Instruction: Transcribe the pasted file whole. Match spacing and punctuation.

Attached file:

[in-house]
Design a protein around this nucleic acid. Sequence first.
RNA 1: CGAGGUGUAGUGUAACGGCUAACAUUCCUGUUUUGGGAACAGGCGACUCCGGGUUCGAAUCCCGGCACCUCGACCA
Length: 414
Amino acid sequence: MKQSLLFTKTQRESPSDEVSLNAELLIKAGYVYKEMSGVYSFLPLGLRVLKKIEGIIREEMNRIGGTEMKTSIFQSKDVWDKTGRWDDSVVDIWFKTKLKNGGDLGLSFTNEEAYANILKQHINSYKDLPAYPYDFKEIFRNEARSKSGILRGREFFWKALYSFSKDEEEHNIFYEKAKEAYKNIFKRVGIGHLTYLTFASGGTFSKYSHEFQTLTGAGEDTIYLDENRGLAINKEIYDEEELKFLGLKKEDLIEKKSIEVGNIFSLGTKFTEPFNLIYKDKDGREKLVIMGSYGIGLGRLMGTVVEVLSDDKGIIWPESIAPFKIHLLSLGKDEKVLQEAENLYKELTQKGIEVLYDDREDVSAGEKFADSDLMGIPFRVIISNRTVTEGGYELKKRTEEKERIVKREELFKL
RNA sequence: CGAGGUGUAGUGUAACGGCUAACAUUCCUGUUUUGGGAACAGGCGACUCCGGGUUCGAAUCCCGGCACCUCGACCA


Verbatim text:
[in-house]
Design a protein around this nucleic acid. Sequence first.
RNA 1: CGAGGUGUAGUGUAACGGCUAACAUUCCUGUUUUGGGAACAGGCGACUCCGGGUUCGAAUCCCGGCACCUCGACCA
Length: 414
Amino acid sequence: MKQSLLFTKTQRESPSDEVSLNAELLIKAGYVYKEMSGVYSFLPLGLRVLKKIEGIIREEMNRIGGTEMKTSIFQSKDVWDKTGRWDDSVVDIWFKTKLKNGGDLGLSFTNEEAYANILKQHINSYKDLPAYPYDFKEIFRNEARSKSGILRGREFFWKALYSFSKDEEEHNIFYEKAKEAYKNIFKRVGIGHLTYLTFASGGTFSKYSHEFQTLTGAGEDTIYLDENRGLAINKEIYDEEELKFLGLKKEDLIEKKSIEVGNIFSLGTKFTEPFNLIYKDKDGREKLVIMGSYGIGLGRLMGTVVEVLSDDKGIIWPESIAPFKIHLLSLGKDEKVLQEAENLYKELTQKGIEVLYDDREDVSAGEKFADSDLMGIPFRVIISNRTVTEGGYELKKRTEEKERIVKREELFKL
RNA sequence: CGAGGUGUAGUGUAACGGCUAACAUUCCUGUUUUGGGAACAGGCGACUCCGGGUUCGAAUCCCGGCACCUCGACCA